27. It may be that the terms 'grove' and 'grove-land' are separately defined in the Agra Tenancy Act and are used in different senses in that Act, but there is nothing which suggests that the provisions of the Transfer of Property Act do not apply and that the grove being attached to the grove-land does not pass with that land under the terms of any transfer of property including a lease or something which by operation of law amounts to a lease. If the provisions of Section 15, Agra Tenancy Act, restrict the right of the tenant in any way to transfer the rights which have accrued in the grove, then the law must be enforced.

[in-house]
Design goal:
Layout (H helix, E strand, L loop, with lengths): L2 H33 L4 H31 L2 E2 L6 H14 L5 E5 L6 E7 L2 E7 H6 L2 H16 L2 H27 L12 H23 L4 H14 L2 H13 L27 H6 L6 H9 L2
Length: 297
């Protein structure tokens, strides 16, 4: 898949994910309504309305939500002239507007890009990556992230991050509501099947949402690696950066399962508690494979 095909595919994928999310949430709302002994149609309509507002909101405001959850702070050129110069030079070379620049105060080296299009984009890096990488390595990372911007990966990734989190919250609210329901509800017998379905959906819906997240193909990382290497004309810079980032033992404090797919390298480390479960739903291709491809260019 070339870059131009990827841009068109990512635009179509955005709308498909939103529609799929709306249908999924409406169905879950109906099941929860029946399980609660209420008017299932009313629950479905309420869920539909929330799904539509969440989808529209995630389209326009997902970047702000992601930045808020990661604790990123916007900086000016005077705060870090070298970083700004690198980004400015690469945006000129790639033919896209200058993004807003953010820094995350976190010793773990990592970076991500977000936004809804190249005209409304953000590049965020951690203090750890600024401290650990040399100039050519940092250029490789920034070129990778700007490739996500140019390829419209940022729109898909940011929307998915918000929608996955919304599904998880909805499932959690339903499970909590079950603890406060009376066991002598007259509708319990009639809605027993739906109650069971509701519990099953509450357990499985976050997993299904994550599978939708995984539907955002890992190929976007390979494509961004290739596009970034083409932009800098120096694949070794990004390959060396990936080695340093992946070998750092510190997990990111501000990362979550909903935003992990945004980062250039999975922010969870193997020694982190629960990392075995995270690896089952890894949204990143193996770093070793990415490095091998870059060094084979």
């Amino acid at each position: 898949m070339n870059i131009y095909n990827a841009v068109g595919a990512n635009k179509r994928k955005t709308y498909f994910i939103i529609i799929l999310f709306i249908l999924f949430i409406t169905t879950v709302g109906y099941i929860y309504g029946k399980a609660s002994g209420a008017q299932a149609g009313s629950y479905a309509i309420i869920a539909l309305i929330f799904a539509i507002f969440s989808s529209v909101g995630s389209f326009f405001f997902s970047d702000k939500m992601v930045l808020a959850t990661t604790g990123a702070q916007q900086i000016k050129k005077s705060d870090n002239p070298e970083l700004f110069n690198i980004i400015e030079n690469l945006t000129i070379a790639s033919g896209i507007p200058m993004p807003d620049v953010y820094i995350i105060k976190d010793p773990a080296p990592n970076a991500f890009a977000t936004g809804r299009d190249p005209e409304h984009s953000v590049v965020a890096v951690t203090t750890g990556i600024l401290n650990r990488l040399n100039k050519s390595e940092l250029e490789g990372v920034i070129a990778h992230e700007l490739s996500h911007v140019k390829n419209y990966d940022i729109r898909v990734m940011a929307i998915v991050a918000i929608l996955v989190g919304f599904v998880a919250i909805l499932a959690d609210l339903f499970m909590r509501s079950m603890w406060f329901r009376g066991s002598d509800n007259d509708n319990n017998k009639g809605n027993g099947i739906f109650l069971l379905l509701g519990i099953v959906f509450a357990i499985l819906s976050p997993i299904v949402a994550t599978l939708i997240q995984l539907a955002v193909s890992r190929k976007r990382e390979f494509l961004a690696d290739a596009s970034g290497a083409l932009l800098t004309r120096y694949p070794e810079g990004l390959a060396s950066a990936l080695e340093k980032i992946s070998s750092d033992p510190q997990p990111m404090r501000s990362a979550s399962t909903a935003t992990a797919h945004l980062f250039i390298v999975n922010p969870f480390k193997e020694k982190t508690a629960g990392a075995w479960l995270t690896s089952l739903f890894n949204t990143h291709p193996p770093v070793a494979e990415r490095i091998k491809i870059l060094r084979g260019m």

28. My learned brothers have mentioned the rulings of the Board of Revenue which may give rise to some practical difficulties, but those rulings are not binding upon us in any way and we cannot be held responsible for any practical difficulties which may arise. I may mention that the aspect of the matter which has been considered by my brother Bennet and myself has apparently never been placed before the Board of Revenue and it is possible that they may modify their view on consideration of that aspect. My brother Iqbal Ahmad has also drawn attention to an anomaly which may arise if the proprietor first transfers his right in the trees alone without any transfer of the land to which they are attached and then at a later date, transfers the land. It is possible that there may be such an anomaly but I do not feel that the possible existence of it entitles us to ignore the clear provisions of the law. Whether it would be possible for a proprietor of trees growing upon land to transfer the standing trees without the land upon which they are growing is a matter which I do not think it is necessary in this case to consider. I do not think that this is an ordinary form of transfer. For the reasons which I have given I concur with the decision of my brother Bennet and agree with the answers which he would give upon the question referred to us.